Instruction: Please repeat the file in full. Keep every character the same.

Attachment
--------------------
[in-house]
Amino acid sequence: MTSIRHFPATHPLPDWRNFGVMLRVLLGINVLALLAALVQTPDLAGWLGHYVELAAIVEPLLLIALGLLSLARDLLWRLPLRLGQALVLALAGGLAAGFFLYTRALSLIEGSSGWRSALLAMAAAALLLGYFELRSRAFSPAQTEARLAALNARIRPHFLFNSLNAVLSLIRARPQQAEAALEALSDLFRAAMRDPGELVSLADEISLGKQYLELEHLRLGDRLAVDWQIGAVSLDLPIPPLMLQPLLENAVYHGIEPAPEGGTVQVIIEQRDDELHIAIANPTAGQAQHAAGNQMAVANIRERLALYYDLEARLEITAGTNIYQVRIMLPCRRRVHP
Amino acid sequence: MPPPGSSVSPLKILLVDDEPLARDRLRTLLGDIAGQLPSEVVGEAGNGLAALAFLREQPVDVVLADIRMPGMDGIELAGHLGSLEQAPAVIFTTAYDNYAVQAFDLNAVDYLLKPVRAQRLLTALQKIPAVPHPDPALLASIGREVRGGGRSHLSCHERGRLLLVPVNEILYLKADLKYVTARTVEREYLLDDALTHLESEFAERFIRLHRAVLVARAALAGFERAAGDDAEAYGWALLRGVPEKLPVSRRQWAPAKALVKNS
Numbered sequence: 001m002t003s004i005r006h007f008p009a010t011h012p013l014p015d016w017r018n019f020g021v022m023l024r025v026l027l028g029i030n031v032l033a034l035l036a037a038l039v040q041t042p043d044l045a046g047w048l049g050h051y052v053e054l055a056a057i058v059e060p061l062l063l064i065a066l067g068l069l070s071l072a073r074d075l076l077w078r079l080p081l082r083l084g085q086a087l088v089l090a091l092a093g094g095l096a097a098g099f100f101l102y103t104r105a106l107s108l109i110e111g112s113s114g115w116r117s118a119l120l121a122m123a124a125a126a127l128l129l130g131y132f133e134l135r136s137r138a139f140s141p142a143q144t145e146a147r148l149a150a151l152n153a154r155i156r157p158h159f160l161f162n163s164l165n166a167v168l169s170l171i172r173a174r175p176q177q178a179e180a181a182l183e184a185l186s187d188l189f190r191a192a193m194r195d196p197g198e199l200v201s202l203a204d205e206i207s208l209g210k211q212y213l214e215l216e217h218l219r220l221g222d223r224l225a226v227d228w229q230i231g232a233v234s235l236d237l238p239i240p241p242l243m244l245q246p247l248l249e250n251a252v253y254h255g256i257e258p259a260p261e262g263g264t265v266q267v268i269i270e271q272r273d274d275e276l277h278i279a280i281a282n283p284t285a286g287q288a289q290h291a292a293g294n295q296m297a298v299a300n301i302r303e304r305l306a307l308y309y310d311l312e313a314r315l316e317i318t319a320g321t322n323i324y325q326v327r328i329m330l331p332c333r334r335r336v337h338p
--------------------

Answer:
[in-house]
Amino acid sequence: MTSIRHFPATHPLPDWRNFGVMLRVLLGINVLALLAALVQTPDLAGWLGHYVELAAIVEPLLLIALGLLSLARDLLWRLPLRLGQALVLALAGGLAAGFFLYTRALSLIEGSSGWRSALLAMAAAALLLGYFELRSRAFSPAQTEARLAALNARIRPHFLFNSLNAVLSLIRARPQQAEAALEALSDLFRAAMRDPGELVSLADEISLGKQYLELEHLRLGDRLAVDWQIGAVSLDLPIPPLMLQPLLENAVYHGIEPAPEGGTVQVIIEQRDDELHIAIANPTAGQAQHAAGNQMAVANIRERLALYYDLEARLEITAGTNIYQVRIMLPCRRRVHP
Amino acid sequence: MPPPGSSVSPLKILLVDDEPLARDRLRTLLGDIAGQLPSEVVGEAGNGLAALAFLREQPVDVVLADIRMPGMDGIELAGHLGSLEQAPAVIFTTAYDNYAVQAFDLNAVDYLLKPVRAQRLLTALQKIPAVPHPDPALLASIGREVRGGGRSHLSCHERGRLLLVPVNEILYLKADLKYVTARTVEREYLLDDALTHLESEFAERFIRLHRAVLVARAALAGFERAAGDDAEAYGWALLRGVPEKLPVSRRQWAPAKALVKNS
Numbered sequence: 001m002t003s004i005r006h007f008p009a010t011h012p013l014p015d016w017r018n019f020g021v022m023l024r025v026l027l028g029i030n031v032l033a034l035l036a037a038l039v040q041t042p043d044l045a046g047w048l049g050h051y052v053e054l055a056a057i058v059e060p061l062l063l064i065a066l067g068l069l070s071l072a073r074d075l076l077w078r079l080p081l082r083l084g085q086a087l088v089l090a091l092a093g094g095l096a097a098g099f100f101l102y103t104r105a106l107s108l109i110e111g112s113s114g115w116r117s118a119l120l121a122m123a124a125a126a127l128l129l130g131y132f133e134l135r136s137r138a139f140s141p142a143q144t145e146a147r148l149a150a151l152n153a154r155i156r157p158h159f160l161f162n163s164l165n166a167v168l169s170l171i172r173a174r175p176q177q178a179e180a181a182l183e184a185l186s187d188l189f190r191a192a193m194r195d196p197g198e199l200v201s202l203a204d205e206i207s208l209g210k211q212y213l214e215l216e217h218l219r220l221g222d223r224l225a226v227d228w229q230i231g232a233v234s235l236d237l238p239i240p241p242l243m244l245q246p247l248l249e250n251a252v253y254h255g256i257e258p259a260p261e262g263g264t265v266q267v268i269i270e271q272r273d274d275e276l277h278i279a280i281a282n283p284t285a286g287q288a289q290h291a292a293g294n295q296m297a298v299a300n301i302r303e304r305l306a307l308y309y310d311l312e313a314r315l316e317i318t319a320g321t322n323i324y325q326v327r328i329m330l331p332c333r334r335r336v337h338p